Welcome to the second round of “What’s up in the Wasatch?” a monthly review of the current events, challenges, and success stories of the Wasatch front.
Last month’s review highlighted problems such as the Great Salt Lake (GSL) crisis, and controversy surrounding the possibility of a Gondola up one of our beloved canyons. Since then, the train wreck that is the GSL situation has gone national, with many major publications in outcry, citing instances such as Owen’s Lake in California that point to disaster. It is clear that if immediate action is not taken, the lake will dry up in the next five years, leaving behind a toxic dust bowl, and devastating the region.
This year, the Wasatch has seen more snow on record since 2002. Exciting for local residents, yet still just about “average” considering what the region has gotten in decades past. However, the near 140 inch deep snowpack has many hopeful for a start to drought relief in the coming year. While it will require many consecutive years of this kind of snowfall to really heal the southwest’s mega drought, with the proper water management, this may be Utah’s chance to begin restoring the Wasatch’s delicate cycle. The hope for this year is that our spring will stay chilly, allowing the snowpack to linger through to summer. Then, water must be appropriately managed, and a good portion allowed to flow back into the Great Salt Lake. With a deeper lake and a bit of good luck come winter 2023-2024, the snow should return with similar fury as the current season.
As for UDOT and its struggle to maintain control over traffic in the Cottonwood Canyons, bus service has still not returned to previous capacity, and the red snake remains mighty as ever. Luckily, community institutions and local businesses have stepped up to offer their own shuttles and carpool solutions. Student clubs, ski resorts, conservation non profits, even Black Diamond (a national outdoor brand based in Utah) have come forward to protest UDOTs inaction and provide relief for the never ending line of cars. Don’t miss Uinta Brewpub’s party bus on Thursday nights, an exciting way to meet new people, enjoy drinking and music, and ditch the car while getting up to Brighton Resort’s night skiing. While the issue could easily be resolved by a number of simple measures, in the meantime, the community continues to come up with creative solutions.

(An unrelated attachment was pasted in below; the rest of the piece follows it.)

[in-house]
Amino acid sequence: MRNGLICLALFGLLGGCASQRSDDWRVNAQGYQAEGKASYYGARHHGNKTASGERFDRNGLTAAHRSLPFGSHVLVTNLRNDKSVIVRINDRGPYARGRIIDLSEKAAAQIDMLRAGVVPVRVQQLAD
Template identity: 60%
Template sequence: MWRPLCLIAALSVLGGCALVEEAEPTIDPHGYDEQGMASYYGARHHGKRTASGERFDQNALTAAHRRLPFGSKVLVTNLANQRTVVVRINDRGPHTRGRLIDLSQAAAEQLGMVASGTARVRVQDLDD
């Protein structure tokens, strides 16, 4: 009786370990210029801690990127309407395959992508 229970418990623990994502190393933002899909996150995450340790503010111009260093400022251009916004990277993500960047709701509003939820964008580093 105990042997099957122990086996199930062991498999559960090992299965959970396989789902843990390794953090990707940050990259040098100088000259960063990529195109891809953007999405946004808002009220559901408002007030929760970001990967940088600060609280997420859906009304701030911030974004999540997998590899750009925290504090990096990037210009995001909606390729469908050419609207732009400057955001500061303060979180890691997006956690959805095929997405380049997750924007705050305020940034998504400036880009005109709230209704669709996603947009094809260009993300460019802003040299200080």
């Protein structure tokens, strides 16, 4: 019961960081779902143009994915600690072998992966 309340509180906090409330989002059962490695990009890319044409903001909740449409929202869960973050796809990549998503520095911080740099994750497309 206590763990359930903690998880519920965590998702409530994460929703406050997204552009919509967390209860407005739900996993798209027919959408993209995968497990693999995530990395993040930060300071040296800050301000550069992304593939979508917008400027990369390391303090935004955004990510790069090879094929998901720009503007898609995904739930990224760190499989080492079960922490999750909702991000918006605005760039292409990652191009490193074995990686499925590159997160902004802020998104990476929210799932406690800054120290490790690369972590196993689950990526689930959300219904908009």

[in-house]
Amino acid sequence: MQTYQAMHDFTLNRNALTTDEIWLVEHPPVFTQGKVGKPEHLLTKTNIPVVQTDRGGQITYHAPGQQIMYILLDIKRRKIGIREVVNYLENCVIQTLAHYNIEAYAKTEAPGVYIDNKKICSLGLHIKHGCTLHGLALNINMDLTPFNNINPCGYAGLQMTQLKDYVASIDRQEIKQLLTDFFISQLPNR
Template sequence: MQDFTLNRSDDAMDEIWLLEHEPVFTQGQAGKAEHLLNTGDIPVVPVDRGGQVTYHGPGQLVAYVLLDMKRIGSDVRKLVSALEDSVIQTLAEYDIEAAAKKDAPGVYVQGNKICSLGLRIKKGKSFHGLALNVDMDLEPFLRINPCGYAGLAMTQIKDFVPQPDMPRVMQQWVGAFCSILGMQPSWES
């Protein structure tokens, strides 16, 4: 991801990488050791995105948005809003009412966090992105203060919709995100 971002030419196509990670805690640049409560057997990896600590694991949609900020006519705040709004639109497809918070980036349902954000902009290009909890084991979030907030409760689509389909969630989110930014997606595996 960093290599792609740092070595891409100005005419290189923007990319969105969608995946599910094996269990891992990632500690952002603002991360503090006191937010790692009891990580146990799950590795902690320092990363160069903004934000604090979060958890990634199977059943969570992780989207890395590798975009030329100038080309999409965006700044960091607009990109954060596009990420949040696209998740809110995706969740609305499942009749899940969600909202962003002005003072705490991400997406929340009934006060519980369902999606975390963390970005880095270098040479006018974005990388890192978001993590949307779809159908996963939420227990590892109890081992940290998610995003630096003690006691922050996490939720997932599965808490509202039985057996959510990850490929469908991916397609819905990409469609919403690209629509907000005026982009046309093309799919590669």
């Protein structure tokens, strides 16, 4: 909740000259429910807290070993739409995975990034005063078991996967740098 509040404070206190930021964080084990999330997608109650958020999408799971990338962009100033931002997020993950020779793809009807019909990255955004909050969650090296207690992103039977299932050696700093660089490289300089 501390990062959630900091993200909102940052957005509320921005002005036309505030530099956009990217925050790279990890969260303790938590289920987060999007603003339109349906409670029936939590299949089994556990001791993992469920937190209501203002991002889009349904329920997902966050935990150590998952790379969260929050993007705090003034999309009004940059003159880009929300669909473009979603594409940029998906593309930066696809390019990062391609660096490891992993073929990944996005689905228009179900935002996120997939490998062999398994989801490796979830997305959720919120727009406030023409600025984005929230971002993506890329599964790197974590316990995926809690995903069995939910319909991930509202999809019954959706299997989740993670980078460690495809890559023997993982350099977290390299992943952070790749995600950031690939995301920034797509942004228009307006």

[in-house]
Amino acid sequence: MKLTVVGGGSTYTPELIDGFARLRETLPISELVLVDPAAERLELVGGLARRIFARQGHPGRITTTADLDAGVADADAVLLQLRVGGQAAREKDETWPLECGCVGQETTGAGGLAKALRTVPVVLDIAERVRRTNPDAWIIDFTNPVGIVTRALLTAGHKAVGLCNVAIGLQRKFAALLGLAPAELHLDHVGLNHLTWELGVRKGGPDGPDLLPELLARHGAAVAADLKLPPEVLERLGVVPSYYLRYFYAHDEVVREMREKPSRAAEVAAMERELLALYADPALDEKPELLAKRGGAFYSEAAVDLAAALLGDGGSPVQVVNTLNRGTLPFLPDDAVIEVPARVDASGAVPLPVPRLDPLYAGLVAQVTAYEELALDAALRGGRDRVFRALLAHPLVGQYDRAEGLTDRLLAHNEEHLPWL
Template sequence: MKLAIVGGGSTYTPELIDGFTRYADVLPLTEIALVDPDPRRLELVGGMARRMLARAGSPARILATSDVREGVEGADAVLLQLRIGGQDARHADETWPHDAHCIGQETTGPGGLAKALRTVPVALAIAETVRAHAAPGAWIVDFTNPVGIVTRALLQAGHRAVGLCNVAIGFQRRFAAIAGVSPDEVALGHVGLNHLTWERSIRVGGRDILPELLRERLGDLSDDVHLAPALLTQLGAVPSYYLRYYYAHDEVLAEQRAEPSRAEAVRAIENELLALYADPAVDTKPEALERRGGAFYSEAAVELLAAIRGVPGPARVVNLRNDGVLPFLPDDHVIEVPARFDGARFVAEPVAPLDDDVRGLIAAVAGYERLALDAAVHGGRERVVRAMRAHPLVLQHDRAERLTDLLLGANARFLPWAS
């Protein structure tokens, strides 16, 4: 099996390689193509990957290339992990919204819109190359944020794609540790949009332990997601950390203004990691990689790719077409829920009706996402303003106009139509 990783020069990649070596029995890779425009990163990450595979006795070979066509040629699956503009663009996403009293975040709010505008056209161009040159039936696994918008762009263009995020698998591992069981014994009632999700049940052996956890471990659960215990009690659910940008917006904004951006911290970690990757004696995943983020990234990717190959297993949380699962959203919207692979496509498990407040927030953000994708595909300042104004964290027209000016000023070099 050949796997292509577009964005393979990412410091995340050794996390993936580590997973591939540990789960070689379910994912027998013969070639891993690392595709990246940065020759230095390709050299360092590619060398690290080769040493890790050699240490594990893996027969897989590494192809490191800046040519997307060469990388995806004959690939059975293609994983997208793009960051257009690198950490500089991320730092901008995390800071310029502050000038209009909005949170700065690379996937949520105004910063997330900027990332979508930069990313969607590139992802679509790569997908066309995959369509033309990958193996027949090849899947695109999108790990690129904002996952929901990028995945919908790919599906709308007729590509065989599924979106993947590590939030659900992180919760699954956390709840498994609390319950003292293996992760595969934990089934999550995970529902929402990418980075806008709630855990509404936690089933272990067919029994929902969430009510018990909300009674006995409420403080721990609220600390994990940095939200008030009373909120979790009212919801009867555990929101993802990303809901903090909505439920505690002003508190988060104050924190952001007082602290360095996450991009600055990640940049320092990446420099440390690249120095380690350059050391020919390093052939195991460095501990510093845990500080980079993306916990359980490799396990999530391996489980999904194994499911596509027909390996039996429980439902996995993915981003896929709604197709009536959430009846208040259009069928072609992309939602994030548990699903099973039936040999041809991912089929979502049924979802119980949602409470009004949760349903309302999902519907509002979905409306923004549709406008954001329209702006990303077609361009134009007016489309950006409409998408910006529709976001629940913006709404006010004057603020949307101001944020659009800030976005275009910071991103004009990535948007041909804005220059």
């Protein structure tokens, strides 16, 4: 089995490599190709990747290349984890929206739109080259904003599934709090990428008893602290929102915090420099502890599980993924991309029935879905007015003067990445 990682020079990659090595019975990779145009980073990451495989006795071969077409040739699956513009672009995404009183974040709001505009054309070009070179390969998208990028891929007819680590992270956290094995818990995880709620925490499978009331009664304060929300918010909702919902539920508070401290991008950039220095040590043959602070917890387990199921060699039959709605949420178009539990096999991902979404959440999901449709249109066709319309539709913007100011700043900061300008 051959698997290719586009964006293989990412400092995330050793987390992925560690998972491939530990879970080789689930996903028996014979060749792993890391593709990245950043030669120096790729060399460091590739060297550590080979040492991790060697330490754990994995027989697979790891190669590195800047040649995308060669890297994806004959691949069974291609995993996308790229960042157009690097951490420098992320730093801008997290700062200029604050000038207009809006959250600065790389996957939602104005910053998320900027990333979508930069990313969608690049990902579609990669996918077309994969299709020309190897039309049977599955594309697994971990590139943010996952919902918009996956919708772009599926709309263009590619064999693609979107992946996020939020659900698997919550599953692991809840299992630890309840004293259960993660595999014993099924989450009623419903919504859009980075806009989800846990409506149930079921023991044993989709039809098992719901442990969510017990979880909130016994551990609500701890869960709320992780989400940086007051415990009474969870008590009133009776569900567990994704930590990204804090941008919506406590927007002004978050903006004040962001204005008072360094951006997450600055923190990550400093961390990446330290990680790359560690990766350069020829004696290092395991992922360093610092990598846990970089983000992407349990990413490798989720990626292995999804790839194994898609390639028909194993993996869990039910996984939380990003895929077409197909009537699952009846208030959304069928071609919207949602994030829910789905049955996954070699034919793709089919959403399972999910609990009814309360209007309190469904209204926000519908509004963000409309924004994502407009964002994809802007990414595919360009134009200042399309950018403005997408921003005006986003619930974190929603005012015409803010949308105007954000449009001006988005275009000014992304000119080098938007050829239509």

In other news, rural Utah legislators and alfalfa farmers known as the “Yellow Cake Caucus” have come forward declaring Utah’s forests to be the major hurdle impeding Utah’s water management. While raising some level of truth about the role of forest fires in western ecological health, the legislators also claim that thinning the conifer forests will leave more water to be returned to the lake, while allowing alfalfa farmers to continue on in their current farming practices. Though they bring some well known knowledge about water guzzling, non-native plants such as tamarisk and russian olive along our river beds, their stance rejects other scientific truths, such as forests balancing water quality, and that farming is the leading cause of water waste in the state.
As Utah remains in turmoil over it’s lingering water, and debates how to share our beautiful state with the ever oncoming crowds, we move into February, and Black History Month! Stay tuned for the inspiring stories of some of many Black Americans who paved the way in outdoor recreation and exploration later this month.